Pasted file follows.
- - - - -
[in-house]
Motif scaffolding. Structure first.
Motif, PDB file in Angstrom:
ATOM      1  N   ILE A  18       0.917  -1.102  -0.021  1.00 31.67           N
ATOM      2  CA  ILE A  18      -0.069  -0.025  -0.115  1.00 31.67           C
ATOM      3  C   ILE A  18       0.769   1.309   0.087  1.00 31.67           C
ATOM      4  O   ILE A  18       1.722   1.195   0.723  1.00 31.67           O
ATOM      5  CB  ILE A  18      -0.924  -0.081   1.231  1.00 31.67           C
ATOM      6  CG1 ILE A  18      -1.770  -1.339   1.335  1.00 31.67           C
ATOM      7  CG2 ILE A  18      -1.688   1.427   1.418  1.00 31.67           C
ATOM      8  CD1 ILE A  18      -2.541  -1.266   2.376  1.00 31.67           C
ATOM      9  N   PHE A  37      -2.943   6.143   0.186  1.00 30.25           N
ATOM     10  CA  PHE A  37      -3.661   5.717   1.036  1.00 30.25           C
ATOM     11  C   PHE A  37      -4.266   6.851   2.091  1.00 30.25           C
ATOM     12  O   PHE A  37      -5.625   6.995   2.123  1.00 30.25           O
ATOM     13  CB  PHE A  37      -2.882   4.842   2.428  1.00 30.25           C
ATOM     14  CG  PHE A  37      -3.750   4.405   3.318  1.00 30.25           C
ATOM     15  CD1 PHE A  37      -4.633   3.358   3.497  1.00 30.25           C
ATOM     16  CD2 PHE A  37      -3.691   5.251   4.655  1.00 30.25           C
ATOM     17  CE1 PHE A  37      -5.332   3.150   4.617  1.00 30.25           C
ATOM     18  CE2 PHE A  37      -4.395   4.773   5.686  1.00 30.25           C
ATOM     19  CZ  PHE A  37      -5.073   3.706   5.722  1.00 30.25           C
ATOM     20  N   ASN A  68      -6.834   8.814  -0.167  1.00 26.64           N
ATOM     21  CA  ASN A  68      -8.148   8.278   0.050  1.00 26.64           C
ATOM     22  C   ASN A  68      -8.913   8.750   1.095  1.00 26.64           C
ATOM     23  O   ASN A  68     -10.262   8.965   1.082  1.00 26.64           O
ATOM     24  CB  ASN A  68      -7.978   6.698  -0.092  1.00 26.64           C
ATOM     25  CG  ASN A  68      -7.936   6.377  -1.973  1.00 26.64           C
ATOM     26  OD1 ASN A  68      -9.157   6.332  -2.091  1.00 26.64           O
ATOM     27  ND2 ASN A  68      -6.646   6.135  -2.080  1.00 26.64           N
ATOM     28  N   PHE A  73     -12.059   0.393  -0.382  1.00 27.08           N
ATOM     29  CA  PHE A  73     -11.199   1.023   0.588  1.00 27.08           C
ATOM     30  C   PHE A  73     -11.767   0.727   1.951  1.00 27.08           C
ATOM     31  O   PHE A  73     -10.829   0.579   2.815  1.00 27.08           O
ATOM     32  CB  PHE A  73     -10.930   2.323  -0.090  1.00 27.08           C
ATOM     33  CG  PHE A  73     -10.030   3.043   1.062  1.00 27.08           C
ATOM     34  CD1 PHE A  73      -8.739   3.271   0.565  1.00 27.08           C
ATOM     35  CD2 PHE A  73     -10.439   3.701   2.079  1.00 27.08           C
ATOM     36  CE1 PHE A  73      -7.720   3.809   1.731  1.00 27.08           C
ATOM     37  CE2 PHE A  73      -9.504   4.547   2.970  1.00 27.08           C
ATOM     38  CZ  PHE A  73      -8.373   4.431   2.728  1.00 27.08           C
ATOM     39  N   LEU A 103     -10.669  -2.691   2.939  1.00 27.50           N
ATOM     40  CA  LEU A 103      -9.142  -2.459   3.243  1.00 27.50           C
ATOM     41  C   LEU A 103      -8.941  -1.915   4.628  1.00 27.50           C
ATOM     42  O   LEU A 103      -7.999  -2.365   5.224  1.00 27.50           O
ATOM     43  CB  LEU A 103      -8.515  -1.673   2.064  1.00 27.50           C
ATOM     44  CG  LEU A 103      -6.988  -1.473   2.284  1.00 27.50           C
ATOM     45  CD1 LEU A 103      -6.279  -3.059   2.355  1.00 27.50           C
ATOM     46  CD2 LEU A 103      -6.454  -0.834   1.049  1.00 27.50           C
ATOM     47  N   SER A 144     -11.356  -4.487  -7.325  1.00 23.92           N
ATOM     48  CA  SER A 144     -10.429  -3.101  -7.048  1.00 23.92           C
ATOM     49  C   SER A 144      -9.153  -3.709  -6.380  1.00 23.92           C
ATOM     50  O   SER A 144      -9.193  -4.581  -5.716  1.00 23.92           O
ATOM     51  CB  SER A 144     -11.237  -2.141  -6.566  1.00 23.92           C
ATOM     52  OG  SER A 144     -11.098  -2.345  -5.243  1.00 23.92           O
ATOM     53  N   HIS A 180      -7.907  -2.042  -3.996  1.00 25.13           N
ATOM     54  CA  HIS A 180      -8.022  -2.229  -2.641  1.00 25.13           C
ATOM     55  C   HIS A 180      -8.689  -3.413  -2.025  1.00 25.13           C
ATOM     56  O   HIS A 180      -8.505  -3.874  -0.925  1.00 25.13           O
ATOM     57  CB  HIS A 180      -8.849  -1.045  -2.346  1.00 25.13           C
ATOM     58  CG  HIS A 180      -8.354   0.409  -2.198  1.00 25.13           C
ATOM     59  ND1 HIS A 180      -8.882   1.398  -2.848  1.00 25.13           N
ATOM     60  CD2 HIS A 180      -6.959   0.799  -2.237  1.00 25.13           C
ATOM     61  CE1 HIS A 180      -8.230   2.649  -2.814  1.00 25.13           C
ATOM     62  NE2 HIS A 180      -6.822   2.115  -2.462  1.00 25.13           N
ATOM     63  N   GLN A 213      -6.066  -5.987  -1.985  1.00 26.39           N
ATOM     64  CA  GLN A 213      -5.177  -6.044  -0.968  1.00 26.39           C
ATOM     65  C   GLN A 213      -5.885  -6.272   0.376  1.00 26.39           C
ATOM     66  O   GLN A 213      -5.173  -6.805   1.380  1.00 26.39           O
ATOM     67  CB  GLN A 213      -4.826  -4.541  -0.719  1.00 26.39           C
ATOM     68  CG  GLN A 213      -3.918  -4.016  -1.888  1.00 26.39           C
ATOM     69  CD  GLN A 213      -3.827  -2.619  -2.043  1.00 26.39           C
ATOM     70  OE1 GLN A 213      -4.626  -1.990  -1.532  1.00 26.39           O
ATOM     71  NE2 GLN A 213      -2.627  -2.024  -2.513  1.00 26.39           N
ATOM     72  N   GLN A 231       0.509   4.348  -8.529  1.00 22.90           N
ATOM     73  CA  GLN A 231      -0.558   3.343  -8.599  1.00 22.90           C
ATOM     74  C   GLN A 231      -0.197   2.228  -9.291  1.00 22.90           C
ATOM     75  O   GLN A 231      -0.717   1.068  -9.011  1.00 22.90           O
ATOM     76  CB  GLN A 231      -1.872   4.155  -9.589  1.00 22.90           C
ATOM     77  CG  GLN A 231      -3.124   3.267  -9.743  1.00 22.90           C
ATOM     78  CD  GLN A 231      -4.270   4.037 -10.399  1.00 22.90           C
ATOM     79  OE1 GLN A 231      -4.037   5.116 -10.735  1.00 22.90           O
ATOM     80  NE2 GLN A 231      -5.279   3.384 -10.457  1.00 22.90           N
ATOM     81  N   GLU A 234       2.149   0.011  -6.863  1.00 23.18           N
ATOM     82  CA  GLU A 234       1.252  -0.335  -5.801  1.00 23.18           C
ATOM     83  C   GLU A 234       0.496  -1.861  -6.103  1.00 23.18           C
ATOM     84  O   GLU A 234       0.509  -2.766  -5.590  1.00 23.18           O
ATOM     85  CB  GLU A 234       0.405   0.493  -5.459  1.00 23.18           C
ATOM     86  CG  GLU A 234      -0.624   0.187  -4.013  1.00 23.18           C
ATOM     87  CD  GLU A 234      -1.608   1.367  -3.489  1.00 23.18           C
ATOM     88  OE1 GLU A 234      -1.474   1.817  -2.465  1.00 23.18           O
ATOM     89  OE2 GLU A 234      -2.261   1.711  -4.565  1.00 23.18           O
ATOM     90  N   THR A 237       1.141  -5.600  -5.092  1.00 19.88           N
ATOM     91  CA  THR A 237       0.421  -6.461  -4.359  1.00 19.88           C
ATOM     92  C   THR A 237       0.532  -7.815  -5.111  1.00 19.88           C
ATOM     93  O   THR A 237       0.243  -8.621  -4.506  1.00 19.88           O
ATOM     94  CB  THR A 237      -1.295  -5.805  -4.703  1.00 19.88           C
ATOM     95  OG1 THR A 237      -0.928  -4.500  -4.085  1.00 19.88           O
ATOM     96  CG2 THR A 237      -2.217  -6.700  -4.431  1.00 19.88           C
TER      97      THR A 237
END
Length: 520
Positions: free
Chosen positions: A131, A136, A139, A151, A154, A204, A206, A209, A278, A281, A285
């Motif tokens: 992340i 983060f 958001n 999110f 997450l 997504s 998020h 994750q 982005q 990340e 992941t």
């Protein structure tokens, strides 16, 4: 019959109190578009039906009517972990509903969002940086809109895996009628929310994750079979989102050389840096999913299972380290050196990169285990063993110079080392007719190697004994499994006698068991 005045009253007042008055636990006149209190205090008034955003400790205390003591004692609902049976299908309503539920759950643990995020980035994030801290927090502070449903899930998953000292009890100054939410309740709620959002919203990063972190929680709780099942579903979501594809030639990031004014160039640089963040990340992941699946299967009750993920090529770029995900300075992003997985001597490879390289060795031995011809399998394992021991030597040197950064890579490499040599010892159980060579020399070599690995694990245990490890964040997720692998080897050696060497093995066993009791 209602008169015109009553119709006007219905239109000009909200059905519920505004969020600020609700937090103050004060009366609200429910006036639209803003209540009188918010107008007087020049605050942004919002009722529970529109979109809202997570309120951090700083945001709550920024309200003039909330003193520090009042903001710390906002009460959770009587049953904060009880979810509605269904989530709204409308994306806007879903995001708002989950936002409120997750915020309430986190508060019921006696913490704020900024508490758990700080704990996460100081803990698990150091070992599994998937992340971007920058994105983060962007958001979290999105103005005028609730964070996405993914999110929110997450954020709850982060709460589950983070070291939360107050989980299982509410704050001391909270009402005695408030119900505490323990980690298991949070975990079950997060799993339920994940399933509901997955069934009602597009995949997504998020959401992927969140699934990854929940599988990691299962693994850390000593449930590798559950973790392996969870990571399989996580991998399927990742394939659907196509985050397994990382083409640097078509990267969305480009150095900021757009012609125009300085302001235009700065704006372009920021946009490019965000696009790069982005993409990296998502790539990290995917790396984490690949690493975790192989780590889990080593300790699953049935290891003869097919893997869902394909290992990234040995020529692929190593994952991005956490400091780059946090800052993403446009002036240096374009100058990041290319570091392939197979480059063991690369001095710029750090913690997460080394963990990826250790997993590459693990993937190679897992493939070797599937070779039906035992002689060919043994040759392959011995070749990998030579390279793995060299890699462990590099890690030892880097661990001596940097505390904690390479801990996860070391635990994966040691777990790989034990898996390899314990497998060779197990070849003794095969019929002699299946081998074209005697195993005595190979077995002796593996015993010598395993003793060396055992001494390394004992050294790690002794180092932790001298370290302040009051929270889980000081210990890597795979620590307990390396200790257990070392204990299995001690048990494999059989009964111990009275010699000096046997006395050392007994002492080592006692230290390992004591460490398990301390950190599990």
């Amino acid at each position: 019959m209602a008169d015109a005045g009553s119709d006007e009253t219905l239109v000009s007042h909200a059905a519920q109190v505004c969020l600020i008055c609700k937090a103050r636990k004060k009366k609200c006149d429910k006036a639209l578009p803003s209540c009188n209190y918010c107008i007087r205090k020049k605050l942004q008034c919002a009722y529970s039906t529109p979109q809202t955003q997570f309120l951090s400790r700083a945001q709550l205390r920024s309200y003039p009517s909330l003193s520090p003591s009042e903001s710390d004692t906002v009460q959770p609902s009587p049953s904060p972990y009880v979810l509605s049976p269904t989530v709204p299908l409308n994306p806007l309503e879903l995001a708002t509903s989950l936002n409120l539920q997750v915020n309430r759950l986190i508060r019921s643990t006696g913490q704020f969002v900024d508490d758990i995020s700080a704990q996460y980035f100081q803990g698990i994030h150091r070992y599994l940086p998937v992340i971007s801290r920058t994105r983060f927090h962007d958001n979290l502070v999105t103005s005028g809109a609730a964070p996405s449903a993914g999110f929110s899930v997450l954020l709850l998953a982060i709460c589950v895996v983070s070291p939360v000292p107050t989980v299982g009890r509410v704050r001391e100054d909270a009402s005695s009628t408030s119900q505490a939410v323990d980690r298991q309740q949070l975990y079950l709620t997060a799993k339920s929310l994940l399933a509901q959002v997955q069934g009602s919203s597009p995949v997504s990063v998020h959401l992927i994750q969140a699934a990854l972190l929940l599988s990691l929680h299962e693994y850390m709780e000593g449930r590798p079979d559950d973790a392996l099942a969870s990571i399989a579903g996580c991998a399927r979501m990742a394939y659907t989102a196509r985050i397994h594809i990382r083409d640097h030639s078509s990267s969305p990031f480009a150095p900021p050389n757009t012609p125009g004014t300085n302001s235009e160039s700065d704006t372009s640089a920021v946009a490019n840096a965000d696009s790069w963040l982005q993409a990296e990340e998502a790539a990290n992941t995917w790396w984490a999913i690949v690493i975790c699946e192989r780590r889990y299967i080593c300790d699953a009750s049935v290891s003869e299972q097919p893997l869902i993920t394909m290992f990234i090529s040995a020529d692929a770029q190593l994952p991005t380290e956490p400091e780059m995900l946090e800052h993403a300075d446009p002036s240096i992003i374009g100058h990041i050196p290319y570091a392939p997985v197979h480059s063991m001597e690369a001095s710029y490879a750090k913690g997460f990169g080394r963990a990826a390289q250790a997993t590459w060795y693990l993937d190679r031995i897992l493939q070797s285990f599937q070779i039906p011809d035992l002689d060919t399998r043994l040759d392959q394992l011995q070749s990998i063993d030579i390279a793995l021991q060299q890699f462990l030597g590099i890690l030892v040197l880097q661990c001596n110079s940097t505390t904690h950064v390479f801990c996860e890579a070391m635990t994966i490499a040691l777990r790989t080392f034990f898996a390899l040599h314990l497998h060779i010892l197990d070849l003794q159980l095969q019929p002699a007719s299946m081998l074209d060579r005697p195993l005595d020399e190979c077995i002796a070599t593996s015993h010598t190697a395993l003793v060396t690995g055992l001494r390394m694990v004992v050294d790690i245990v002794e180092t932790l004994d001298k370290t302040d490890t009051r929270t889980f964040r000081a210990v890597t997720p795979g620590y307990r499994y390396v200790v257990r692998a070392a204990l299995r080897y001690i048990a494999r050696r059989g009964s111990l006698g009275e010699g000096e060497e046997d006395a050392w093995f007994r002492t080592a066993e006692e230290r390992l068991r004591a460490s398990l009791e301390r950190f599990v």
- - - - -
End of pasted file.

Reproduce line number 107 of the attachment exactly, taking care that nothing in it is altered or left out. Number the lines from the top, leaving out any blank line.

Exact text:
């Amino acid at each position: 019959m209602a008169d015109a005045g009553s119709d006007e009253t219905l239109v000009s007042h909200a059905a519920q109190v505004c969020l600020i008055c609700k937090a103050r636990k004060k009366k609200c006149d429910k006036a639209l578009p803003s209540c009188n209190y918010c107008i007087r205090k020049k605050l942004q008034c919002a009722y529970s039906t529109p979109q809202t955003q997570f309120l951090s400790r700083a945001q709550l205390r920024s309200y003039p009517s909330l003193s520090p003591s009042e903001s710390d004692t906002v009460q959770p609902s009587p049953s904060p972990y009880v979810l509605s049976p269904t989530v709204p299908l409308n994306p806007l309503e879903l995001a708002t509903s989950l936002n409120l539920q997750v915020n309430r759950l986190i508060r019921s643990t006696g913490q704020f969002v900024d508490d758990i995020s700080a704990q996460y980035f100081q803990g698990i994030h150091r070992y599994l940086p998937v992340i971007s801290r920058t994105r983060f927090h962007d958001n979290l502070v999105t103005s005028g809109a609730a964070p996405s449903a993914g999110f929110s899930v997450l954020l709850l998953a982060i709460c589950v895996v983070s070291p939360v000292p107050t989980v299982g009890r509410v704050r001391e100054d909270a009402s005695s009628t408030s119900q505490a939410v323990d980690r298991q309740q949070l975990y079950l709620t997060a799993k339920s929310l994940l399933a509901q959002v997955q069934g009602s919203s597009p995949v997504s990063v998020h959401l992927i994750q969140a699934a990854l972190l929940l599988s990691l929680h299962e693994y850390m709780e000593g449930r590798p079979d559950d973790a392996l099942a969870s990571i399989a579903g996580c991998a399927r979501m990742a394939y659907t989102a196509r985050i397994h594809i990382r083409d640097h030639s078509s990267s969305p990031f480009a150095p900021p050389n757009t012609p125009g004014t300085n302001s235009e160039s700065d704006t372009s640089a920021v946009a490019n840096a965000d696009s790069w963040l982005q993409a990296e990340e998502a790539a990290n992941t995917w790396w984490a999913i690949v690493i975790c699946e192989r780590r889990y299967i080593c300790d699953a009750s049935v290891s003869e299972q097919p893997l869902i993920t394909m290992f990234i090529s040995a020529d692929a770029q190593l994952p991005t380290e956490p400091e780059m995900l946090e800052h993403a300075d446009p002036s240096i992003i374009g100058h990041i050196p290319y570091a392939p997985v197979h480059s063991m001597e690369a001095s710029y490879a750090k913690g997460f990169g080394r963990a990826a390289q250790a997993t590459w060795y693990l993937d190679r031995i897992l493939q070797s285990f599937q070779i039906p011809d035992l002689d060919t399998r043994l040759d392959q394992l011995q070749s990998i063993d030579i390279a793995l021991q060299q890699f462990l030597g590099i890690l030892v040197l880097q661990c001596n110079s940097t505390t904690h950064v390479f801990c996860e890579a070391m635990t994966i490499a040691l777990r790989t080392f034990f898996a390899l040599h314990l497998h060779i010892l197990d070849l003794q159980l095969q019929p002699a007719s299946m081998l074209d060579r005697p195993l005595d020399e190979c077995i002796a070599t593996s015993h010598t190697a395993l003793v060396t690995g055992l001494r390394m694990v004992v050294d790690i245990v002794e180092t932790l004994d001298k370290t302040d490890t009051r929270t889980f964040r000081a210990v890597t997720p795979g620590y307990r499994y390396v200790v257990r692998a070392a204990l299995r080897y001690i048990a494999r050696r059989g009964s111990l006698g009275e010699g000096e060497e046997d006395a050392w093995f007994r002492t080592a066993e006692e230290r390992l068991r004591a460490s398990l009791e301390r950190f599990v």